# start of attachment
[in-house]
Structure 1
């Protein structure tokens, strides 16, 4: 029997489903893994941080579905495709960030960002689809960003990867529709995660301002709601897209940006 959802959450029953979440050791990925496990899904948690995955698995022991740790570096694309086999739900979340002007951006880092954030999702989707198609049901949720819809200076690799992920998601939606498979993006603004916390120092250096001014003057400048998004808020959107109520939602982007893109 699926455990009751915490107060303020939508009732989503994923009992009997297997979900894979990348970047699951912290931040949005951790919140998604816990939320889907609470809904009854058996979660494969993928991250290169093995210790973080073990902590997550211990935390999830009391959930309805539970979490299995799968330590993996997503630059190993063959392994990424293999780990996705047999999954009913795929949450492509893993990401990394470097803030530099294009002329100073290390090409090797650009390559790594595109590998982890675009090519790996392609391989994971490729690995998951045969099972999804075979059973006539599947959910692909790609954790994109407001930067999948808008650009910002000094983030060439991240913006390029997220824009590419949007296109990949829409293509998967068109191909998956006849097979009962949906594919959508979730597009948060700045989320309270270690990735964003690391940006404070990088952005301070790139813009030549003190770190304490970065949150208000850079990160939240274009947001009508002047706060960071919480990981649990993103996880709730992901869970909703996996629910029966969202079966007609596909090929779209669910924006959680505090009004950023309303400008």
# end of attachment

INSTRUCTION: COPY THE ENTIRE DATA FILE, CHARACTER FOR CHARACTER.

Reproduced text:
[in-house]
Structure 1
């Protein structure tokens, strides 16, 4: 029997489903893994941080579905495709960030960002689809960003990867529709995660301002709601897209940006 959802959450029953979440050791990925496990899904948690995955698995022991740790570096694309086999739900979340002007951006880092954030999702989707198609049901949720819809200076690799992920998601939606498979993006603004916390120092250096001014003057400048998004808020959107109520939602982007893109 699926455990009751915490107060303020939508009732989503994923009992009997297997979900894979990348970047699951912290931040949005951790919140998604816990939320889907609470809904009854058996979660494969993928991250290169093995210790973080073990902590997550211990935390999830009391959930309805539970979490299995799968330590993996997503630059190993063959392994990424293999780990996705047999999954009913795929949450492509893993990401990394470097803030530099294009002329100073290390090409090797650009390559790594595109590998982890675009090519790996392609391989994971490729690995998951045969099972999804075979059973006539599947959910692909790609954790994109407001930067999948808008650009910002000094983030060439991240913006390029997220824009590419949007296109990949829409293509998967068109191909998956006849097979009962949906594919959508979730597009948060700045989320309270270690990735964003690391940006404070990088952005301070790139813009030549003190770190304490970065949150208000850079990160939240274009947001009508002047706060960071919480990981649990993103996880709730992901869970909703996996629910029966969202079966007609596909090929779209669910924006959680505090009004950023309303400008």